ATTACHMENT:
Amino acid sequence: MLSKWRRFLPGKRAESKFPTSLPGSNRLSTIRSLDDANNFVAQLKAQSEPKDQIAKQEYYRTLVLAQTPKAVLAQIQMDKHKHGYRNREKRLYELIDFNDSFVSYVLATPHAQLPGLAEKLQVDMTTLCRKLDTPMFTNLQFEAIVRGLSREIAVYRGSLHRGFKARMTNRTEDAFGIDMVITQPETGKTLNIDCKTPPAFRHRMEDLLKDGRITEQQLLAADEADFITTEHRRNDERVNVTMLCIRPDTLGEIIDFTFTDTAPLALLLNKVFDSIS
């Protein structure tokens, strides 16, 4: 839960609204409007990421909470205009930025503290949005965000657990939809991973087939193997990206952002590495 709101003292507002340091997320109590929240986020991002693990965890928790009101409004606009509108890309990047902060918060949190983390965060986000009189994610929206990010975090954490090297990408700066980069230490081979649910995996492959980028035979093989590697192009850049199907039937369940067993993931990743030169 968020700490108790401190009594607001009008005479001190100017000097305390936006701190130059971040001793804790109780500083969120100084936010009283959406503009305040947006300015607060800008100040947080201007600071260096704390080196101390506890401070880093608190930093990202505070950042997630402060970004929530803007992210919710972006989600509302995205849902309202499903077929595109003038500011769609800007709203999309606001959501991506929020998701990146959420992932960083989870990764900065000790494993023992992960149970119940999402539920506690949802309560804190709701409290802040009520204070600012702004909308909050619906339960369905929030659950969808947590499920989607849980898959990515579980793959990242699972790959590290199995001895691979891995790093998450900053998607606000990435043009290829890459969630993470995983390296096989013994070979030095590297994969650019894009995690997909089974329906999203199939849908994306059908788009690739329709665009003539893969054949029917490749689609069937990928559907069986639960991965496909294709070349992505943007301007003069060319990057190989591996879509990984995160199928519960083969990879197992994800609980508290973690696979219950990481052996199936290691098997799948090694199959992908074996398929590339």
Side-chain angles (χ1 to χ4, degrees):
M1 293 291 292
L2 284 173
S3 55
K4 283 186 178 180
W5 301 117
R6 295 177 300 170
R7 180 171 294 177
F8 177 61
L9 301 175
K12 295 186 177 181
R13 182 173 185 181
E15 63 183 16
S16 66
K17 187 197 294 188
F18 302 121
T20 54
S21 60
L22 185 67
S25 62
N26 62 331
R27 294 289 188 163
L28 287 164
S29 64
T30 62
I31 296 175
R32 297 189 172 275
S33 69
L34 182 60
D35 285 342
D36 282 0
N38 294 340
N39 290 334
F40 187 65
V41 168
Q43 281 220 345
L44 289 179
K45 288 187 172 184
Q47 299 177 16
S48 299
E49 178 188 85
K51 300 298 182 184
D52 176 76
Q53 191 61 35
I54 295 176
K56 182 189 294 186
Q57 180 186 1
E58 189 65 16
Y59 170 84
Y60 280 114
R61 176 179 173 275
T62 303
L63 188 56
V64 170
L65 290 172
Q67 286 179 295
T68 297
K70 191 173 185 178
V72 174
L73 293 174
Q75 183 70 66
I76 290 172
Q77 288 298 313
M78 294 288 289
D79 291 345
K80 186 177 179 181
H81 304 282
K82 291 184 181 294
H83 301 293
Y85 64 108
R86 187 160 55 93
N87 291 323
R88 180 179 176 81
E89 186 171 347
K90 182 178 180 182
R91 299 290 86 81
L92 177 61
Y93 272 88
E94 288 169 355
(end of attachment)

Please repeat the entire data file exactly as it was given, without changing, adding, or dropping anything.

Amino acid sequence: MLSKWRRFLPGKRAESKFPTSLPGSNRLSTIRSLDDANNFVAQLKAQSEPKDQIAKQEYYRTLVLAQTPKAVLAQIQMDKHKHGYRNREKRLYELIDFNDSFVSYVLATPHAQLPGLAEKLQVDMTTLCRKLDTPMFTNLQFEAIVRGLSREIAVYRGSLHRGFKARMTNRTEDAFGIDMVITQPETGKTLNIDCKTPPAFRHRMEDLLKDGRITEQQLLAADEADFITTEHRRNDERVNVTMLCIRPDTLGEIIDFTFTDTAPLALLLNKVFDSIS
């Protein structure tokens, strides 16, 4: 839960609204409007990421909470205009930025503290949005965000657990939809991973087939193997990206952002590495 709101003292507002340091997320109590929240986020991002693990965890928790009101409004606009509108890309990047902060918060949190983390965060986000009189994610929206990010975090954490090297990408700066980069230490081979649910995996492959980028035979093989590697192009850049199907039937369940067993993931990743030169 968020700490108790401190009594607001009008005479001190100017000097305390936006701190130059971040001793804790109780500083969120100084936010009283959406503009305040947006300015607060800008100040947080201007600071260096704390080196101390506890401070880093608190930093990202505070950042997630402060970004929530803007992210919710972006989600509302995205849902309202499903077929595109003038500011769609800007709203999309606001959501991506929020998701990146959420992932960083989870990764900065000790494993023992992960149970119940999402539920506690949802309560804190709701409290802040009520204070600012702004909308909050619906339960369905929030659950969808947590499920989607849980898959990515579980793959990242699972790959590290199995001895691979891995790093998450900053998607606000990435043009290829890459969630993470995983390296096989013994070979030095590297994969650019894009995690997909089974329906999203199939849908994306059908788009690739329709665009003539893969054949029917490749689609069937990928559907069986639960991965496909294709070349992505943007301007003069060319990057190989591996879509990984995160199928519960083969990879197992994800609980508290973690696979219950990481052996199936290691098997799948090694199959992908074996398929590339």
Side-chain angles (χ1 to χ4, degrees):
M1 293 291 292
L2 284 173
S3 55
K4 283 186 178 180
W5 301 117
R6 295 177 300 170
R7 180 171 294 177
F8 177 61
L9 301 175
K12 295 186 177 181
R13 182 173 185 181
E15 63 183 16
S16 66
K17 187 197 294 188
F18 302 121
T20 54
S21 60
L22 185 67
S25 62
N26 62 331
R27 294 289 188 163
L28 287 164
S29 64
T30 62
I31 296 175
R32 297 189 172 275
S33 69
L34 182 60
D35 285 342
D36 282 0
N38 294 340
N39 290 334
F40 187 65
V41 168
Q43 281 220 345
L44 289 179
K45 288 187 172 184
Q47 299 177 16
S48 299
E49 178 188 85
K51 300 298 182 184
D52 176 76
Q53 191 61 35
I54 295 176
K56 182 189 294 186
Q57 180 186 1
E58 189 65 16
Y59 170 84
Y60 280 114
R61 176 179 173 275
T62 303
L63 188 56
V64 170
L65 290 172
Q67 286 179 295
T68 297
K70 191 173 185 178
V72 174
L73 293 174
Q75 183 70 66
I76 290 172
Q77 288 298 313
M78 294 288 289
D79 291 345
K80 186 177 179 181
H81 304 282
K82 291 184 181 294
H83 301 293
Y85 64 108
R86 187 160 55 93
N87 291 323
R88 180 179 176 81
E89 186 171 347
K90 182 178 180 182
R91 299 290 86 81
L92 177 61
Y93 272 88
E94 288 169 355